And to that end, the ship has been turned into a Job Bon Jovi museum. Glass cases containing Bon Jovi’s costumes have been strategically spread out around the ship and his multi-selling records are displayed in frames on the walls.
Then there are the finishing touches that many guests return to their cabins to find at the end of their nights -- nights that might not end until 4 or 5 a.m. if passengers choose to visit the Shut up and Dance silent disco or check out the late night set by DJ Dave.
There’s the poster, signed by Bon Jovi, there’s the baseball cap with the Runaway to Paradise logo on; and there’s the fleecy cloud-soft blanket with the Runaway to Paradise logo stitched on that’s left in the cabin on the second to last night with a note that says ‘The choice between sleep and music can be a tough one. We hope this cosy blanket will help. Use it to catch up on a few Z’s when you’re back at home. Each time you do, we hope you remember your favourite vacation spent enjoying amazing music and many more memories with your fellow runaways."
Passengers have travelled to Spain from more than 53 countries to experience this cruise. The accents overheard in the lifts, bars and by the pool are American, Australian, German and South African, to name a few.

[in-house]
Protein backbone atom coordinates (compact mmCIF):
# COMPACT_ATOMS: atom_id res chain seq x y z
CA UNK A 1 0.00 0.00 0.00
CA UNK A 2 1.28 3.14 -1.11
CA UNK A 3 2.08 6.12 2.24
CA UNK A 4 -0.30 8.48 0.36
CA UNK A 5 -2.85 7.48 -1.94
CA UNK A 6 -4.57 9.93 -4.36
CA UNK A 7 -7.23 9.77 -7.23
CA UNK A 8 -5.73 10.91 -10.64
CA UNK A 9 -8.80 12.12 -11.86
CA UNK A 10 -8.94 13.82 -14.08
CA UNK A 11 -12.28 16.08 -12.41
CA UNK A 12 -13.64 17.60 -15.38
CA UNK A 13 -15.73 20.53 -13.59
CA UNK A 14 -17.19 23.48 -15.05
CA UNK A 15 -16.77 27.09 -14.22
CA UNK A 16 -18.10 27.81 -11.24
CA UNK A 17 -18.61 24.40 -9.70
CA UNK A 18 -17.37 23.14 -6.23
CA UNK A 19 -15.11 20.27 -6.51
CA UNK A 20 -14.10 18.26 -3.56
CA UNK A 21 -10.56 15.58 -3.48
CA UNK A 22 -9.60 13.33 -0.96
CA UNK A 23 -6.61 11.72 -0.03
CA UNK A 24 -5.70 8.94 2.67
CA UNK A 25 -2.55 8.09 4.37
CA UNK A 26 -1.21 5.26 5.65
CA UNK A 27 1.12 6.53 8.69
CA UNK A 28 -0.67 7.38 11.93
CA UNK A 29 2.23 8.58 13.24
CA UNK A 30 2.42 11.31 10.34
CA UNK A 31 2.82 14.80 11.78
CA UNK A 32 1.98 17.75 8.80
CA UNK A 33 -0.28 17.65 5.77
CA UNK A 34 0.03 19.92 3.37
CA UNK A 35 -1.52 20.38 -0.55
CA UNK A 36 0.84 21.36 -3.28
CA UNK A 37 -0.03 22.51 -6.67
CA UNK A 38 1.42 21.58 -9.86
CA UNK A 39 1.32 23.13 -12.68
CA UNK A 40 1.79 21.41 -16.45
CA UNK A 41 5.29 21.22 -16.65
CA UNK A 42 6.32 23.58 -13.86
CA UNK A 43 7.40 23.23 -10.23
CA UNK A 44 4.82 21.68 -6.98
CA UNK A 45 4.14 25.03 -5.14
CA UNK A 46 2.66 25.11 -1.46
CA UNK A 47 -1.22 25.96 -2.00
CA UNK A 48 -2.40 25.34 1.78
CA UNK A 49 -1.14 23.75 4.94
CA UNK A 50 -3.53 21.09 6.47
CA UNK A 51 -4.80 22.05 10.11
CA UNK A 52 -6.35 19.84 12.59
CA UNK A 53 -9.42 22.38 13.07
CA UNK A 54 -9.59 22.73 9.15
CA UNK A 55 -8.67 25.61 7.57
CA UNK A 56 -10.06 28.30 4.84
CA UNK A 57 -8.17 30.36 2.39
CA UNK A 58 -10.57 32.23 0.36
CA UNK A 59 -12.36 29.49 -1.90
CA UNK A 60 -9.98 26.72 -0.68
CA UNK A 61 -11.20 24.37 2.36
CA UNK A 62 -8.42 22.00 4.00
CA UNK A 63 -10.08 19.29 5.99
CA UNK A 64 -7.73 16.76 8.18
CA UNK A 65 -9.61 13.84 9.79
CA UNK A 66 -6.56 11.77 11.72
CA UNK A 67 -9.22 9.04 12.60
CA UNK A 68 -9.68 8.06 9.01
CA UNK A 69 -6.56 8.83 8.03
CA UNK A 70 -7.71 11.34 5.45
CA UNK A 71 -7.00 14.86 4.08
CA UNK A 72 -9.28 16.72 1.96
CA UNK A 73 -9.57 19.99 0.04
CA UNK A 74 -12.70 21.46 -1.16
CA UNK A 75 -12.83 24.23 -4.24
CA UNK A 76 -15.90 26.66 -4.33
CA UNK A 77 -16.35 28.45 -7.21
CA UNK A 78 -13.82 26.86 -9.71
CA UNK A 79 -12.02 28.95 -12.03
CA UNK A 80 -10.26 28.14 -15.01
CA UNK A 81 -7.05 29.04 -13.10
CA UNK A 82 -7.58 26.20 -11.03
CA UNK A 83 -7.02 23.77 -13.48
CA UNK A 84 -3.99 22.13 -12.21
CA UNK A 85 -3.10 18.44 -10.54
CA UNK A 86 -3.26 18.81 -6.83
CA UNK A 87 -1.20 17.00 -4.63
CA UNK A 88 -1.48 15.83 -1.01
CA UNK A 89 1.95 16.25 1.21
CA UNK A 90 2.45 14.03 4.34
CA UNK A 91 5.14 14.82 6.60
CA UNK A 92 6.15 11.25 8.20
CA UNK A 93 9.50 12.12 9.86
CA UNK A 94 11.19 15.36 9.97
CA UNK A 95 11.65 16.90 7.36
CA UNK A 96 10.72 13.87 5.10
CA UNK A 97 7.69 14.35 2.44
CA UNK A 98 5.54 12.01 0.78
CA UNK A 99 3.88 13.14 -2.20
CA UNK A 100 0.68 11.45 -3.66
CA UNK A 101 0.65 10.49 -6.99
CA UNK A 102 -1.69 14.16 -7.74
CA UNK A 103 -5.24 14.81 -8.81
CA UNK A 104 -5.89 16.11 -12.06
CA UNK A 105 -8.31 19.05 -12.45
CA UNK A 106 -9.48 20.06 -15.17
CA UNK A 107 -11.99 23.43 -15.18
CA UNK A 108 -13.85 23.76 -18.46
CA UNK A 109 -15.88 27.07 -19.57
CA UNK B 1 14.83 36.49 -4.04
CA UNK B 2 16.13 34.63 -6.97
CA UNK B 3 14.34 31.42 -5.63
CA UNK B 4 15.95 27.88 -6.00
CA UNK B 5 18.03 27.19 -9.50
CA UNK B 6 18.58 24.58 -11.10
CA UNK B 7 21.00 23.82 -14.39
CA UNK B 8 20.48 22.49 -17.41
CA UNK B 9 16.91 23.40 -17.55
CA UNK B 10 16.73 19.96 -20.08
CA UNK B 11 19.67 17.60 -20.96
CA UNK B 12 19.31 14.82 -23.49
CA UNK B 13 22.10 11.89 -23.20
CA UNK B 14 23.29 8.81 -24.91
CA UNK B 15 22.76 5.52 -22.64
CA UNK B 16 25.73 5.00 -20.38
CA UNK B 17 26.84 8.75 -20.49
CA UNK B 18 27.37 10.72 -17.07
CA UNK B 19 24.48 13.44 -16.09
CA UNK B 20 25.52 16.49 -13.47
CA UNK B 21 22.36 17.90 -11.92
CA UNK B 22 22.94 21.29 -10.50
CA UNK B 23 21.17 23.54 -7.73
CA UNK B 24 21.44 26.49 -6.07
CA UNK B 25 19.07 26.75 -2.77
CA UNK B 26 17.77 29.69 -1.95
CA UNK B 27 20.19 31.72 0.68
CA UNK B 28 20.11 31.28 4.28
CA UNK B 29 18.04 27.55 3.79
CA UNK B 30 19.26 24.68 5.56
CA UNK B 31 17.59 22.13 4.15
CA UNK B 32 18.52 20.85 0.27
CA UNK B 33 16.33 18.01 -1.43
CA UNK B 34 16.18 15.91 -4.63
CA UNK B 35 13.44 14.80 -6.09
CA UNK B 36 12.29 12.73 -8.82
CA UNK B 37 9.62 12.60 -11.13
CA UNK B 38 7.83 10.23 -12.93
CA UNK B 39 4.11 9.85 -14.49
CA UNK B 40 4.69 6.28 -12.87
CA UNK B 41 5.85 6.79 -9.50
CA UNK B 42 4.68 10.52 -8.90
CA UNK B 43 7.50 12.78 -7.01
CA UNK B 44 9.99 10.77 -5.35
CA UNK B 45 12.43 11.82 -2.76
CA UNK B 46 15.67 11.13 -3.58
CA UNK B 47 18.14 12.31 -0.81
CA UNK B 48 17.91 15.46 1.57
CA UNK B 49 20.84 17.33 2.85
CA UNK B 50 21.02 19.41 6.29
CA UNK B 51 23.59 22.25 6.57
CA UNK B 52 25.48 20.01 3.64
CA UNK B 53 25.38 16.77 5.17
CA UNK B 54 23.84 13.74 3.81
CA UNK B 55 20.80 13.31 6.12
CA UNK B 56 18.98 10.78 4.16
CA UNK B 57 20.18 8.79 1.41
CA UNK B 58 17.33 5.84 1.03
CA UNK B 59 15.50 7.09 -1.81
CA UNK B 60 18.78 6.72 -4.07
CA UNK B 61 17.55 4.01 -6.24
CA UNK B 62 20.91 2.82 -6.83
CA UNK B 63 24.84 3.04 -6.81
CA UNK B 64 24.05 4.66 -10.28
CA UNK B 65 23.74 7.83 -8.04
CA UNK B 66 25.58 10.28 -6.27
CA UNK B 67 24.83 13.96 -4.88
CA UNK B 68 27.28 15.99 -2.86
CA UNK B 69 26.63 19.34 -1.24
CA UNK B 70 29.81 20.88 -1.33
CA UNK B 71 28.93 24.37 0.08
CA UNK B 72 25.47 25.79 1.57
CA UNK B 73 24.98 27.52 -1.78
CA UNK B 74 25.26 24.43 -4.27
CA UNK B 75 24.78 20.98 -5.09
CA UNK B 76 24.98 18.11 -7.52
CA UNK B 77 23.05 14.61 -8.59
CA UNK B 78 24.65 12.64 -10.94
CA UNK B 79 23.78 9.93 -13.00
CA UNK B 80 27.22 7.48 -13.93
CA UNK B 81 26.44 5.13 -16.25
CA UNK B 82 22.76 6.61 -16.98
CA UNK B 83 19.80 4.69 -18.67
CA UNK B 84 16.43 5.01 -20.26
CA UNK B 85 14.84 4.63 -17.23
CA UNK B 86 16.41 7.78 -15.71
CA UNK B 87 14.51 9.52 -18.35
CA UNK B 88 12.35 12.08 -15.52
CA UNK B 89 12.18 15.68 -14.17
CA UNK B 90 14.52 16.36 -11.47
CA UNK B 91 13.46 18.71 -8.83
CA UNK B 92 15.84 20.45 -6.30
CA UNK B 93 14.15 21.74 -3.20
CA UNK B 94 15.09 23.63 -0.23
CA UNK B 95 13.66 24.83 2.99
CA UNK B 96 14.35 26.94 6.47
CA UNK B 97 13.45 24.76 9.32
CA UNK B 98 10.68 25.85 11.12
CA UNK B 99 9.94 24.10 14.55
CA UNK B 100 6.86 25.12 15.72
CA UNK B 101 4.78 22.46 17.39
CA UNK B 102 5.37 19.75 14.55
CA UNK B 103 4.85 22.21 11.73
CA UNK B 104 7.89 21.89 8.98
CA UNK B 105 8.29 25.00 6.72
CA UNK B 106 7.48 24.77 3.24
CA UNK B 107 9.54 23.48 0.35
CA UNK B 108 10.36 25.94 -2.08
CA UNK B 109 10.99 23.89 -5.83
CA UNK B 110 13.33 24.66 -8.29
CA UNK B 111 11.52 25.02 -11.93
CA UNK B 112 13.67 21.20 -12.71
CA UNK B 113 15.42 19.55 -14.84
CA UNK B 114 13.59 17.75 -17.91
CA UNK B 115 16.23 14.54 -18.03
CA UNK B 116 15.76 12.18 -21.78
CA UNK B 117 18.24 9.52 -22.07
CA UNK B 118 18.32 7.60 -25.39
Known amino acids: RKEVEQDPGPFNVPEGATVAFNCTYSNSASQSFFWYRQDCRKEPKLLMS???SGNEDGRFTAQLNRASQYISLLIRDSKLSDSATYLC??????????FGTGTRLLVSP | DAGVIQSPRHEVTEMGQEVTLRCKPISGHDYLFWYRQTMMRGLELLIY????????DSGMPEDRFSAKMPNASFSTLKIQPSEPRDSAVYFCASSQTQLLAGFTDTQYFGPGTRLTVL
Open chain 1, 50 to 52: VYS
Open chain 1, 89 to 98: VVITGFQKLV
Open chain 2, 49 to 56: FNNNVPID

We caught up with a few of the fans, everyone of whom has their own unique reason for being here.
Penelope Martin, from Spain, has been a Bon Jovi fan since she was 12 years old. She has a band symbol tattooed onto her left arm and the initials BJ inked onto her wrist.
"When I was 12 my house didn’t feel like a home. Bon Jovi became my home. It was their lyrics, their attitude, just everything about them," she explained. They became my refuge."
She has attended 12 Bon Jovi concerts to date, but the Runaway To Paradise with Jon Bon Jovi cruise marks her first time on a cruise ship: "I’m loving it," she says. "This is my paradise. It's everything I could have imagined."
Carol Kappus, meanwhile, has only discovered Jon Bon Jovi in the past two months. Usually taking her holidays in the UK, she has travelled from Michigan, USA, for the Runaway to Paradise cruise.
“I was a singer of opera and classical music. I now play the harp. I recently got an electric harp and started playing around with an effects pedal. I went on YouTube to see how bands used the pedal and found Born to Be My Baby. After that I listened to everything and read every interview."
She adds: "It took a lot to persuade my husband to come with me."
This is the first cruise of its kind that Sixthman has run in Europe. CEO Diaz says he chose Norwegian Pearl for the sailing because the pool deck is the perfect size and shape to host a concert.
And due to inclement weather, Jon also played a wonderful acoustic set in the main theatre (pictured above) including such classics as "Wanted Dead or Alive" and "Bed of Roses". The audience thought it was wonderful. They were looking at him dreamily and soaking it all in.
There are plans in the pipeline to host more music cruises in 2020. A Blues cruise will take place in August on Norwegian Jade and plans for 'a couple more after' are on the Sixthman table.
If they’re anything like this one, they should rock the boat, too.